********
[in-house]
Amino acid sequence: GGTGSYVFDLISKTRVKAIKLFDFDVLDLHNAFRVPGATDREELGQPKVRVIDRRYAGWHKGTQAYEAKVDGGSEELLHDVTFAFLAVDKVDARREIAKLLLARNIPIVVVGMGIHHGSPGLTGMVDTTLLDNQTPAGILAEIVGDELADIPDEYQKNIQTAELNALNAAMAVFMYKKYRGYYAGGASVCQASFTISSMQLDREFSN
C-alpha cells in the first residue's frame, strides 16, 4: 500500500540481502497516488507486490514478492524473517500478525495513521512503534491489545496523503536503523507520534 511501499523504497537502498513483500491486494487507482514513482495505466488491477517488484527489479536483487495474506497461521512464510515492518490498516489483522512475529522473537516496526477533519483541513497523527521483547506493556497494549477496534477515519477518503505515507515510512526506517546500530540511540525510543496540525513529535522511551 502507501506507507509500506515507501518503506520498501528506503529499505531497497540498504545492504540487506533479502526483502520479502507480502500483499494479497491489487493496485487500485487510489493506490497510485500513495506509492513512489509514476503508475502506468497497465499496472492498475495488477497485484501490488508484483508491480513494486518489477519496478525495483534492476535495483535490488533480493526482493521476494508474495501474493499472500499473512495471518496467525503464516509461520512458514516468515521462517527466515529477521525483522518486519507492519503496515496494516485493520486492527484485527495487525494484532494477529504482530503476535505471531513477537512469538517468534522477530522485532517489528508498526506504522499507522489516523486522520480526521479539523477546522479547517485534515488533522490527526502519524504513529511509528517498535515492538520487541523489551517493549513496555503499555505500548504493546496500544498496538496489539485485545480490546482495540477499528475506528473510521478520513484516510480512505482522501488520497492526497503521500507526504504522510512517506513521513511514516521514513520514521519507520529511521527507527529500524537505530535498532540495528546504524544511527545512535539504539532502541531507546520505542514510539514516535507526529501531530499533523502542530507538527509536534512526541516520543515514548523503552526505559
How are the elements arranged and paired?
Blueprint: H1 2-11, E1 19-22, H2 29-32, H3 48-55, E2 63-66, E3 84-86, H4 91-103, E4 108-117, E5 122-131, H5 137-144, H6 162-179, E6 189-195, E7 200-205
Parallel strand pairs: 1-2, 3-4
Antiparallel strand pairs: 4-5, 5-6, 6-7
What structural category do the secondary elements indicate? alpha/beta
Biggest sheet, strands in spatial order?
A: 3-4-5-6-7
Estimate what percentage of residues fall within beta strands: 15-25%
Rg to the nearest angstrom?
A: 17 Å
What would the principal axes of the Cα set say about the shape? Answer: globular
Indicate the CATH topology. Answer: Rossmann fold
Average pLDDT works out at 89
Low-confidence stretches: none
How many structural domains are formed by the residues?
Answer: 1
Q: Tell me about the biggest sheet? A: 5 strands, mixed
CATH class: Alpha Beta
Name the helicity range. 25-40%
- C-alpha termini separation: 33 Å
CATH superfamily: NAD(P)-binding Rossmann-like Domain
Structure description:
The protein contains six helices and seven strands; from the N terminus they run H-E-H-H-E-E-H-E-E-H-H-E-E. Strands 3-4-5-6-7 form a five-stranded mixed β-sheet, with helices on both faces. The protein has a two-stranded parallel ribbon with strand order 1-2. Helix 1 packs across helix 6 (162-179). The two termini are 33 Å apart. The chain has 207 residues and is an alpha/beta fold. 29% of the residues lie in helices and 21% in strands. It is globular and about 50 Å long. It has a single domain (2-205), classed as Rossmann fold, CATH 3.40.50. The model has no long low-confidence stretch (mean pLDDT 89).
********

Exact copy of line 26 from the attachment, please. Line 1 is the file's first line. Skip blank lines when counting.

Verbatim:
The protein contains six helices and seven strands; from the N terminus they run H-E-H-H-E-E-H-E-E-H-H-E-E. Strands 3-4-5-6-7 form a five-stranded mixed β-sheet, with helices on both faces. The protein has a two-stranded parallel ribbon with strand order 1-2. Helix 1 packs across helix 6 (162-179). The two termini are 33 Å apart. The chain has 207 residues and is an alpha/beta fold. 29% of the residues lie in helices and 21% in strands. It is globular and about 50 Å long. It has a single domain (2-205), classed as Rossmann fold, CATH 3.40.50. The model has no long low-confidence stretch (mean pLDDT 89).